Projected corn demand is strong enough to keep average projected crop prices above pre-2007 levels, says Pat Westhoff, director of the Food and Agricultural Policy Research Institute (FAPRI) at the University of Missouri.

The average corn farm price is projected at $5.96 for the current marketing year, and then suggests the average price may hover around the $4.80 mark for the next several years, FAPRI says. But corn prices could be under $3.50 or more than $6/bu. in any given year, the analysis suggests.

FAPRI economists suggest lower crop prices and higher production costs could contribute to a modest reduction in net farm income over the next three years. Actual net farm income will continue to vary because of volatile prices, production and expenses.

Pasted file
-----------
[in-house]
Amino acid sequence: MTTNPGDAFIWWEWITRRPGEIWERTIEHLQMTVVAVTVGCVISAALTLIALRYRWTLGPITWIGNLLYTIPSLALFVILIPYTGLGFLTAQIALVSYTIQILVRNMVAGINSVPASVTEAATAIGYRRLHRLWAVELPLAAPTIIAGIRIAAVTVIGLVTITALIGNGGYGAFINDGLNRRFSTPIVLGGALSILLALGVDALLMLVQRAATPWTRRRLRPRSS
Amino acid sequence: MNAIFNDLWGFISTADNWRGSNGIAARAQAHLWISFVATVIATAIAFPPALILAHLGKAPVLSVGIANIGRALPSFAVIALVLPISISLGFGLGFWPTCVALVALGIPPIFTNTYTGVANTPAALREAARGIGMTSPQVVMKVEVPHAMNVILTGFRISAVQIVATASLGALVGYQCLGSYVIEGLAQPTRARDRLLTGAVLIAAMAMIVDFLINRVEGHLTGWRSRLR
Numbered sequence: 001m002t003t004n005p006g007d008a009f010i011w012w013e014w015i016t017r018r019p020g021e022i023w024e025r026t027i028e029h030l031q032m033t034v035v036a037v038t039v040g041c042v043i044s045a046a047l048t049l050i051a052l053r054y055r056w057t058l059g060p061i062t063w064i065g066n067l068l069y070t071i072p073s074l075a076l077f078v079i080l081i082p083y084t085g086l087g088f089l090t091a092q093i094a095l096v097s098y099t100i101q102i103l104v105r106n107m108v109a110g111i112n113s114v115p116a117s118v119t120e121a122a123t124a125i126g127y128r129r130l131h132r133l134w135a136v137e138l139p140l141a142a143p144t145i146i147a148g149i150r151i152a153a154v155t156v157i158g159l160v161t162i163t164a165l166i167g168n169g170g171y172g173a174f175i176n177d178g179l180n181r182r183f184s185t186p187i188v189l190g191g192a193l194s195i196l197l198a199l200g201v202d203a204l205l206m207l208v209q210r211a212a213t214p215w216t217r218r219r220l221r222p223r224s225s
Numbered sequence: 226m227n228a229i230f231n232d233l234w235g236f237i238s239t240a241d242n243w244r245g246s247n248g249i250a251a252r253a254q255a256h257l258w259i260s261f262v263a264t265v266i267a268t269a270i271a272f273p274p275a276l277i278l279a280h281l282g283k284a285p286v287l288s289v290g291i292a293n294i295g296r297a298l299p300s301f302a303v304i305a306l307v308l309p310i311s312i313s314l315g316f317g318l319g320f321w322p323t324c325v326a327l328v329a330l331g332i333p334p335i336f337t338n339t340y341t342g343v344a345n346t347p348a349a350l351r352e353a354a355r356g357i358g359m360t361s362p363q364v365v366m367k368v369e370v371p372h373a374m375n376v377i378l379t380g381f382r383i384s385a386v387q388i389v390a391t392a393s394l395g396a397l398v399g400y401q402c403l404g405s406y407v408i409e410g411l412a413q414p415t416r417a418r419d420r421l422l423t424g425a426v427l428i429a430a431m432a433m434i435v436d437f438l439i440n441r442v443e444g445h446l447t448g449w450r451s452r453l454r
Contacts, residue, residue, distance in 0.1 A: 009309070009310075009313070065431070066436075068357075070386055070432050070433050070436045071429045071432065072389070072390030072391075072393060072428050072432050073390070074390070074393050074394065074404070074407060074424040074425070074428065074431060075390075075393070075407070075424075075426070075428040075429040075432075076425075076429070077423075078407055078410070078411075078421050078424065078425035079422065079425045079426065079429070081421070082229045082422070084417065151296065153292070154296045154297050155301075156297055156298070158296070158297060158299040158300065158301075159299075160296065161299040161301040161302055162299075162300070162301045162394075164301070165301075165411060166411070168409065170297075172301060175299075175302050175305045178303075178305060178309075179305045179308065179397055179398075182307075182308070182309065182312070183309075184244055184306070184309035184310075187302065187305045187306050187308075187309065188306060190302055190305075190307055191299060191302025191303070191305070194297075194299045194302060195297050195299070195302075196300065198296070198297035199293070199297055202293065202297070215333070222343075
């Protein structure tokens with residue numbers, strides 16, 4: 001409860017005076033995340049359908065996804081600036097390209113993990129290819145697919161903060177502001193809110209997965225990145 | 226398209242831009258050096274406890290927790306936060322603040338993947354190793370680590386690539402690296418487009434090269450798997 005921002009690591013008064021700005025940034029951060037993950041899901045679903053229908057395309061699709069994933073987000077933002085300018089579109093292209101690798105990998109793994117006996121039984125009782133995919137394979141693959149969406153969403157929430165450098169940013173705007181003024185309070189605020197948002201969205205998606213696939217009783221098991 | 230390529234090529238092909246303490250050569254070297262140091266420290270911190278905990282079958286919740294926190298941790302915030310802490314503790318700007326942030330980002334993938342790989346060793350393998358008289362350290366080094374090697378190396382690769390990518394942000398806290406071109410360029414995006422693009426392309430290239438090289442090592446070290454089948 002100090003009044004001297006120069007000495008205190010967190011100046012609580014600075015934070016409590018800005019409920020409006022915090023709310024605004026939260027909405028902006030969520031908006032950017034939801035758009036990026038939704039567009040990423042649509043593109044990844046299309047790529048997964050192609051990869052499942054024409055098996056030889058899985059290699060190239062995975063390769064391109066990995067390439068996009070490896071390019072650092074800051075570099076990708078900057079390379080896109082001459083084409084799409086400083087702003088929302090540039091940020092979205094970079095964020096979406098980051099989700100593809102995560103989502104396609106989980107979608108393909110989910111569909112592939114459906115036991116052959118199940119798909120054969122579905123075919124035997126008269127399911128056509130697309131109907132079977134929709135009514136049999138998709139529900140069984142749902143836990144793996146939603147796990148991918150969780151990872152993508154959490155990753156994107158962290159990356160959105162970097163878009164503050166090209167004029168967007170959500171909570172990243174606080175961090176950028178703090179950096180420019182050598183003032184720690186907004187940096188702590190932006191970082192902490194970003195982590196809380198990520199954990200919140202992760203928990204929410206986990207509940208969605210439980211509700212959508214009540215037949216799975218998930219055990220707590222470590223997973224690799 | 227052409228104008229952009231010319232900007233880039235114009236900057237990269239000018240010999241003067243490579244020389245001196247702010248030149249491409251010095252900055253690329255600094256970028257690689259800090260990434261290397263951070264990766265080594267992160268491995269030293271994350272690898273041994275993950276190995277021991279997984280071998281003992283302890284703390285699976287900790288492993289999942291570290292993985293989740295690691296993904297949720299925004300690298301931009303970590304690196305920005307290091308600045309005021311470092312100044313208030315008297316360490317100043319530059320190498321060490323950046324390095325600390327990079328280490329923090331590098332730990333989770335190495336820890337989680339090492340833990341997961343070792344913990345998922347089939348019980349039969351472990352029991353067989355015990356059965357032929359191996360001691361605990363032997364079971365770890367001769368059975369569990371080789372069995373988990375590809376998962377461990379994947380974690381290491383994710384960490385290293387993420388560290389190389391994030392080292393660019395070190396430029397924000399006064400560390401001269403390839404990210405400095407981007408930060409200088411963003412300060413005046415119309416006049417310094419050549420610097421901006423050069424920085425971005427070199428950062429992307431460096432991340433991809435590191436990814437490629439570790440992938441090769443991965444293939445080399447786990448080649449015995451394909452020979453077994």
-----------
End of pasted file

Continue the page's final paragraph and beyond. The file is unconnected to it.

"Given current tight corn supplies, the market will be sensitive to news about 2012 supply and demand prospects,” the current FAPRI report says. “After years of rapid growth, ethanol production also is expected to remain fairly stable for the next two years."

Westhoff adds, "Obviously, what someone can afford to pay in rent will be closely tied to crop prices and yields." FAPRI's baseline estimates net returns over variable expenses – the amount left to cover rent and other fixed expenses – and indicates just how uncertain those net returns might be. Market net return per acre estimate for corn producers is $550.88 for the current marketing year, and then drops back to $427.51 for next year.

Net farm income in Illinois for example, reflects today’s robust economy, but also the potential for future declines. Farms enrolled in Illinois Farm Business Farm Management (FBFM), for example, averaged net farm income of $66,000/farm from 2001 through 2006. Net farm income rose to $177,000/farm from 2006 through 2010, and averaged more than $200,000 in 2011.